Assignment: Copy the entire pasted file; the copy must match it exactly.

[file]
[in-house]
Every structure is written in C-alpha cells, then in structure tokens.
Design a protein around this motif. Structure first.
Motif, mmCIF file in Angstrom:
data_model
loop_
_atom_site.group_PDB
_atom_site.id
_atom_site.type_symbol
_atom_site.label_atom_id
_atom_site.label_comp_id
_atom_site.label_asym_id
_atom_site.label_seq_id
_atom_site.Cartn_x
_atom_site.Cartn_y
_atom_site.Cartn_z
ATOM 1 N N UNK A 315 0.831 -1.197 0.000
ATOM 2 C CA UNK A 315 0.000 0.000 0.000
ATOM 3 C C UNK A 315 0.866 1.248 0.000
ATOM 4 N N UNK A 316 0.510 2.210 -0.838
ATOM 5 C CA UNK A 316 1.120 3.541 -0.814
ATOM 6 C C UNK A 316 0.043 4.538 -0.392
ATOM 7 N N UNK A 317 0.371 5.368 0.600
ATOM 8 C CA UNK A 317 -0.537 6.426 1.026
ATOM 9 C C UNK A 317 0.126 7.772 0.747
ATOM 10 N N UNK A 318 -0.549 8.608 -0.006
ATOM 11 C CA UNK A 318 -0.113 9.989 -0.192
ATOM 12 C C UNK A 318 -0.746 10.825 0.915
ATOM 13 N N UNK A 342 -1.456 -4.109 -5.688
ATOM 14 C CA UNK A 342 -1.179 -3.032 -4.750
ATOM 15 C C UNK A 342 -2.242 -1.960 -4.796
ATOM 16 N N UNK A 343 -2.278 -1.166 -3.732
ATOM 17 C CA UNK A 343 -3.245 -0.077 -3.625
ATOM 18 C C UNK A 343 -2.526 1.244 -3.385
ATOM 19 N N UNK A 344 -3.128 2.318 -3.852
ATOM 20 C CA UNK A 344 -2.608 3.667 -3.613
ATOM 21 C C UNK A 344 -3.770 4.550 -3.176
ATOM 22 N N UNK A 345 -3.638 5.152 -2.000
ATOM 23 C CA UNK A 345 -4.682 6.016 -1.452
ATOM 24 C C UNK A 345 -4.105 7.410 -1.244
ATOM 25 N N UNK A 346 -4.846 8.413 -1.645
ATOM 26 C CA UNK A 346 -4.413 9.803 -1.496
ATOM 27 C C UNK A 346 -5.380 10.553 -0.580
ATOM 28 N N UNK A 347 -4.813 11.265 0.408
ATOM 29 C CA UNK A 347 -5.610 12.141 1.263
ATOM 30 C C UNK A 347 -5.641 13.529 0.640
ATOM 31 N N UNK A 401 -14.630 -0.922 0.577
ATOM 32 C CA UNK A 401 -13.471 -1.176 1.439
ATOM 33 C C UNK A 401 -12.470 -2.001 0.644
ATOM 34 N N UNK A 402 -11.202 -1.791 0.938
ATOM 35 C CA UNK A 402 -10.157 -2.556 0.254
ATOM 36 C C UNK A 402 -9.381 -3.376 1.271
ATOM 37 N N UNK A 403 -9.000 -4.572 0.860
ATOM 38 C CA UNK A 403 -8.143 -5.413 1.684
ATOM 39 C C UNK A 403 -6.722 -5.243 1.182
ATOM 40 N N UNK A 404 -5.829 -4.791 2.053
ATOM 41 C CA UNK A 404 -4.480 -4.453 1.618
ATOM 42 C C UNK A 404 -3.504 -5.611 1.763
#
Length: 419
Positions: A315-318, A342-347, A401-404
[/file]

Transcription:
[in-house]
Every structure is written in C-alpha cells, then in structure tokens.
Design a protein around this motif. Structure first.
Motif, mmCIF file in Angstrom:
data_model
loop_
_atom_site.group_PDB
_atom_site.id
_atom_site.type_symbol
_atom_site.label_atom_id
_atom_site.label_comp_id
_atom_site.label_asym_id
_atom_site.label_seq_id
_atom_site.Cartn_x
_atom_site.Cartn_y
_atom_site.Cartn_z
ATOM 1 N N UNK A 315 0.831 -1.197 0.000
ATOM 2 C CA UNK A 315 0.000 0.000 0.000
ATOM 3 C C UNK A 315 0.866 1.248 0.000
ATOM 4 N N UNK A 316 0.510 2.210 -0.838
ATOM 5 C CA UNK A 316 1.120 3.541 -0.814
ATOM 6 C C UNK A 316 0.043 4.538 -0.392
ATOM 7 N N UNK A 317 0.371 5.368 0.600
ATOM 8 C CA UNK A 317 -0.537 6.426 1.026
ATOM 9 C C UNK A 317 0.126 7.772 0.747
ATOM 10 N N UNK A 318 -0.549 8.608 -0.006
ATOM 11 C CA UNK A 318 -0.113 9.989 -0.192
ATOM 12 C C UNK A 318 -0.746 10.825 0.915
ATOM 13 N N UNK A 342 -1.456 -4.109 -5.688
ATOM 14 C CA UNK A 342 -1.179 -3.032 -4.750
ATOM 15 C C UNK A 342 -2.242 -1.960 -4.796
ATOM 16 N N UNK A 343 -2.278 -1.166 -3.732
ATOM 17 C CA UNK A 343 -3.245 -0.077 -3.625
ATOM 18 C C UNK A 343 -2.526 1.244 -3.385
ATOM 19 N N UNK A 344 -3.128 2.318 -3.852
ATOM 20 C CA UNK A 344 -2.608 3.667 -3.613
ATOM 21 C C UNK A 344 -3.770 4.550 -3.176
ATOM 22 N N UNK A 345 -3.638 5.152 -2.000
ATOM 23 C CA UNK A 345 -4.682 6.016 -1.452
ATOM 24 C C UNK A 345 -4.105 7.410 -1.244
ATOM 25 N N UNK A 346 -4.846 8.413 -1.645
ATOM 26 C CA UNK A 346 -4.413 9.803 -1.496
ATOM 27 C C UNK A 346 -5.380 10.553 -0.580
ATOM 28 N N UNK A 347 -4.813 11.265 0.408
ATOM 29 C CA UNK A 347 -5.610 12.141 1.263
ATOM 30 C C UNK A 347 -5.641 13.529 0.640
ATOM 31 N N UNK A 401 -14.630 -0.922 0.577
ATOM 32 C CA UNK A 401 -13.471 -1.176 1.439
ATOM 33 C C UNK A 401 -12.470 -2.001 0.644
ATOM 34 N N UNK A 402 -11.202 -1.791 0.938
ATOM 35 C CA UNK A 402 -10.157 -2.556 0.254
ATOM 36 C C UNK A 402 -9.381 -3.376 1.271
ATOM 37 N N UNK A 403 -9.000 -4.572 0.860
ATOM 38 C CA UNK A 403 -8.143 -5.413 1.684
ATOM 39 C C UNK A 403 -6.722 -5.243 1.182
ATOM 40 N N UNK A 404 -5.829 -4.791 2.053
ATOM 41 C CA UNK A 404 -4.480 -4.453 1.618
ATOM 42 C C UNK A 404 -3.504 -5.611 1.763
#
Length: 419
Positions: A315-318, A342-347, A401-404